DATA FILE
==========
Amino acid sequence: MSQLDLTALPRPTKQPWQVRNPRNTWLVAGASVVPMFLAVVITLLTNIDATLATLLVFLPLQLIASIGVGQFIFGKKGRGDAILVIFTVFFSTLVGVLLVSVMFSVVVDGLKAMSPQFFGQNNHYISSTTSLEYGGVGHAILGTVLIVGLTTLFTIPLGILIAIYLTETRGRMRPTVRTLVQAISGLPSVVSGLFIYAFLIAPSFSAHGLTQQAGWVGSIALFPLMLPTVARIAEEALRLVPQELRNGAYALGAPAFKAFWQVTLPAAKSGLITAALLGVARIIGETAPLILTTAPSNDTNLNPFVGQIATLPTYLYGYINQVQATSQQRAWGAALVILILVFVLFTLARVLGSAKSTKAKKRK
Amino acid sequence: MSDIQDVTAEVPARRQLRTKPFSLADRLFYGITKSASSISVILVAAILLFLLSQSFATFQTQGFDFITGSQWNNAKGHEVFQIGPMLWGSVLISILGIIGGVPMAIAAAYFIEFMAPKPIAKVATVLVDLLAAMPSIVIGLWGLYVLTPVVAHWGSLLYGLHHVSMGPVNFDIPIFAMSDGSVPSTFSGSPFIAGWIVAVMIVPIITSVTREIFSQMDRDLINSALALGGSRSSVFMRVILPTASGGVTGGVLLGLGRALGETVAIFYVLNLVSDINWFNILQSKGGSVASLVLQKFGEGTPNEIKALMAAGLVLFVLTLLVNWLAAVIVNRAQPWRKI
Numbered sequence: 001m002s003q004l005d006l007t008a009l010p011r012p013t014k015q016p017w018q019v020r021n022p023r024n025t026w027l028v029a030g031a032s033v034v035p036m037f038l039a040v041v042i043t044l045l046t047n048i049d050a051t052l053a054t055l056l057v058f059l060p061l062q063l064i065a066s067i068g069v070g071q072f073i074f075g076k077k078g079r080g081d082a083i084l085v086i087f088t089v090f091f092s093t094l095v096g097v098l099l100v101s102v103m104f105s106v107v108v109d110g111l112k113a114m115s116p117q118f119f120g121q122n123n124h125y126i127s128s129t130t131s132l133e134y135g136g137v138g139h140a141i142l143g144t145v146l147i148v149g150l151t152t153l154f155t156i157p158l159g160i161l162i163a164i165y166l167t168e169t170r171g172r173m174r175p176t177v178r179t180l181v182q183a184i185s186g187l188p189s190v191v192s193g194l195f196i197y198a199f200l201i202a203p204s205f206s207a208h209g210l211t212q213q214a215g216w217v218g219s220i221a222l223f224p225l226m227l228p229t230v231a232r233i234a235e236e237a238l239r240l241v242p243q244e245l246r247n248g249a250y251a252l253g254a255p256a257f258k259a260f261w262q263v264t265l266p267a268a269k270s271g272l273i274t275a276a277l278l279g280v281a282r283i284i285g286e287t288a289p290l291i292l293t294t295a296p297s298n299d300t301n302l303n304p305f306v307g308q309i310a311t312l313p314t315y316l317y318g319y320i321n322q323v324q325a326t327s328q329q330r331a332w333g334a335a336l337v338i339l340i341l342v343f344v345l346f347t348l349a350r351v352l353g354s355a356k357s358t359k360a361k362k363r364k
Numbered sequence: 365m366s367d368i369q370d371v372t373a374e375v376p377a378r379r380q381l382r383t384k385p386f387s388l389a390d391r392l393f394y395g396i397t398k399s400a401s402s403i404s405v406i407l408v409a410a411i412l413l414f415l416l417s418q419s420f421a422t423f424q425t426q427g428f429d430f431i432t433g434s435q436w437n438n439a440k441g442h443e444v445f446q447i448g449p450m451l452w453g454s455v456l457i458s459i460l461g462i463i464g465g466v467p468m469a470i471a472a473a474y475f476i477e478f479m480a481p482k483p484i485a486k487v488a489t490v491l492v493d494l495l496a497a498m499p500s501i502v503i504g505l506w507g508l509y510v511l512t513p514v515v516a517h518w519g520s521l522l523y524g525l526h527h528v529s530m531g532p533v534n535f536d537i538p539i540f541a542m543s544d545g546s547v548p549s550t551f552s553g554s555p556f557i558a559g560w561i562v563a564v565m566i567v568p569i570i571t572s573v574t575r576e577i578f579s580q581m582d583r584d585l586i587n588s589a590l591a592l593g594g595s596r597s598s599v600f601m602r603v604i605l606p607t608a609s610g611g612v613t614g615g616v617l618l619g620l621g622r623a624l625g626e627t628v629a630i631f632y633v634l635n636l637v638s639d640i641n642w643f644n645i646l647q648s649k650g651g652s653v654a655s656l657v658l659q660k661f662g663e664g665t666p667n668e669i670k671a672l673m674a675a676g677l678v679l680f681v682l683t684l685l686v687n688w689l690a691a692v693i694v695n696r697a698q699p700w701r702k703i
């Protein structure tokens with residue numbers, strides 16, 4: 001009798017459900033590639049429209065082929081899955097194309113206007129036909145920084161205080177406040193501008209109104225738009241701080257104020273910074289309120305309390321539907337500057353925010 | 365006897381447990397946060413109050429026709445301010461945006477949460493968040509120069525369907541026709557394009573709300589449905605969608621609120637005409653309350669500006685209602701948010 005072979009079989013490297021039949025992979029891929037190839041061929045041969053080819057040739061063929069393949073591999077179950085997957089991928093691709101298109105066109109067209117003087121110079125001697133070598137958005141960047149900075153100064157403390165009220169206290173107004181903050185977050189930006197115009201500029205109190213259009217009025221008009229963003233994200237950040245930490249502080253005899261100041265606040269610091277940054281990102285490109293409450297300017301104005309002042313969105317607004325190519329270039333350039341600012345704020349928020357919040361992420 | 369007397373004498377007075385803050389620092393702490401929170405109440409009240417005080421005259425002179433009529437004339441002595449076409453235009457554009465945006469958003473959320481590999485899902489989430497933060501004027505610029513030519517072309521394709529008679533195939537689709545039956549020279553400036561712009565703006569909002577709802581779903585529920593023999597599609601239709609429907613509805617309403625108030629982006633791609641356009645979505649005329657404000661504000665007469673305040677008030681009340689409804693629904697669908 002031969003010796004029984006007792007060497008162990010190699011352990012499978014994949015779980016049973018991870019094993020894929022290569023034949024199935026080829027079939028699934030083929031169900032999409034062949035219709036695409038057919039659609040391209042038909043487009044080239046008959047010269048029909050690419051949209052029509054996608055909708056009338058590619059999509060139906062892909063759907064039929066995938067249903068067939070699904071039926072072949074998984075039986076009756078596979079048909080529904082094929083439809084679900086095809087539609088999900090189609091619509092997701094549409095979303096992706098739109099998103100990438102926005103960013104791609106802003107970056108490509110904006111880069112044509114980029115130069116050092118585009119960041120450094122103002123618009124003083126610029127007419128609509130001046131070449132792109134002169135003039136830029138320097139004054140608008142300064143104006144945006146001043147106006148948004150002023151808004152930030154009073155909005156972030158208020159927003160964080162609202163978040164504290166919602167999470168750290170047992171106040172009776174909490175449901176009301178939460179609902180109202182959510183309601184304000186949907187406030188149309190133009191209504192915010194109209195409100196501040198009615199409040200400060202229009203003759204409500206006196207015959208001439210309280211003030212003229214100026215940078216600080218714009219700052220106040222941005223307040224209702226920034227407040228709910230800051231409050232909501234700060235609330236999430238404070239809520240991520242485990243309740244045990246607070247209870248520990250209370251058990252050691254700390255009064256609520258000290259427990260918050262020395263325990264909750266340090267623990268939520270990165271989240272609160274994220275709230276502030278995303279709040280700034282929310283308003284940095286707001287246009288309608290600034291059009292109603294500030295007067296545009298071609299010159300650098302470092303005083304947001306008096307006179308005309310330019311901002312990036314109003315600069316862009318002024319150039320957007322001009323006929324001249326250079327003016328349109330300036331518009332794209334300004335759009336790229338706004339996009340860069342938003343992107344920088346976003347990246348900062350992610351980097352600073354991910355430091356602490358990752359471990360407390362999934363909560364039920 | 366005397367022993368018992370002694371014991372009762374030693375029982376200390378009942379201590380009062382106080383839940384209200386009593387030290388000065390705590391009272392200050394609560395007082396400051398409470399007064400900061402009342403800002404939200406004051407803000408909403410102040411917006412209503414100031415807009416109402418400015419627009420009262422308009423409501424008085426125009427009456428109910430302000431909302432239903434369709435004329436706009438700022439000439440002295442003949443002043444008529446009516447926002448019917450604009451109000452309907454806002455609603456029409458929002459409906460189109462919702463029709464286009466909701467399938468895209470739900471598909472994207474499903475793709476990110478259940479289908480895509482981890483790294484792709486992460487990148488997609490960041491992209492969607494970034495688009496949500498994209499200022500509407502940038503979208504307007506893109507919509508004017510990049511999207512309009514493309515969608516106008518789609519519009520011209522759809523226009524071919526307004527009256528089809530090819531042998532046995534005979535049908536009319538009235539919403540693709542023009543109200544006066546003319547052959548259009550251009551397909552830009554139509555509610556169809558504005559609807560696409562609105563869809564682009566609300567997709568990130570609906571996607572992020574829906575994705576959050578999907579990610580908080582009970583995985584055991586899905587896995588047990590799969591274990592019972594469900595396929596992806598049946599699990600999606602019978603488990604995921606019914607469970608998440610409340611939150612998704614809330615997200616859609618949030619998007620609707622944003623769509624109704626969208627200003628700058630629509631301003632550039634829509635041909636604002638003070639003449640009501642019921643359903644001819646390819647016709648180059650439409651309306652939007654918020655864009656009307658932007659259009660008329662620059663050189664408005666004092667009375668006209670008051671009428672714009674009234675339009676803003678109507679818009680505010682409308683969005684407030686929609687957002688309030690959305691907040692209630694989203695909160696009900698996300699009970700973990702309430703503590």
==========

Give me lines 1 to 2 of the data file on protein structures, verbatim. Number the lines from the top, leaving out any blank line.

Amino acid sequence: MSQLDLTALPRPTKQPWQVRNPRNTWLVAGASVVPMFLAVVITLLTNIDATLATLLVFLPLQLIASIGVGQFIFGKKGRGDAILVIFTVFFSTLVGVLLVSVMFSVVVDGLKAMSPQFFGQNNHYISSTTSLEYGGVGHAILGTVLIVGLTTLFTIPLGILIAIYLTETRGRMRPTVRTLVQAISGLPSVVSGLFIYAFLIAPSFSAHGLTQQAGWVGSIALFPLMLPTVARIAEEALRLVPQELRNGAYALGAPAFKAFWQVTLPAAKSGLITAALLGVARIIGETAPLILTTAPSNDTNLNPFVGQIATLPTYLYGYINQVQATSQQRAWGAALVILILVFVLFTLARVLGSAKSTKAKKRK
Amino acid sequence: MSDIQDVTAEVPARRQLRTKPFSLADRLFYGITKSASSISVILVAAILLFLLSQSFATFQTQGFDFITGSQWNNAKGHEVFQIGPMLWGSVLISILGIIGGVPMAIAAAYFIEFMAPKPIAKVATVLVDLLAAMPSIVIGLWGLYVLTPVVAHWGSLLYGLHHVSMGPVNFDIPIFAMSDGSVPSTFSGSPFIAGWIVAVMIVPIITSVTREIFSQMDRDLINSALALGGSRSSVFMRVILPTASGGVTGGVLLGLGRALGETVAIFYVLNLVSDINWFNILQSKGGSVASLVLQKFGEGTPNEIKALMAAGLVLFVLTLLVNWLAAVIVNRAQPWRKI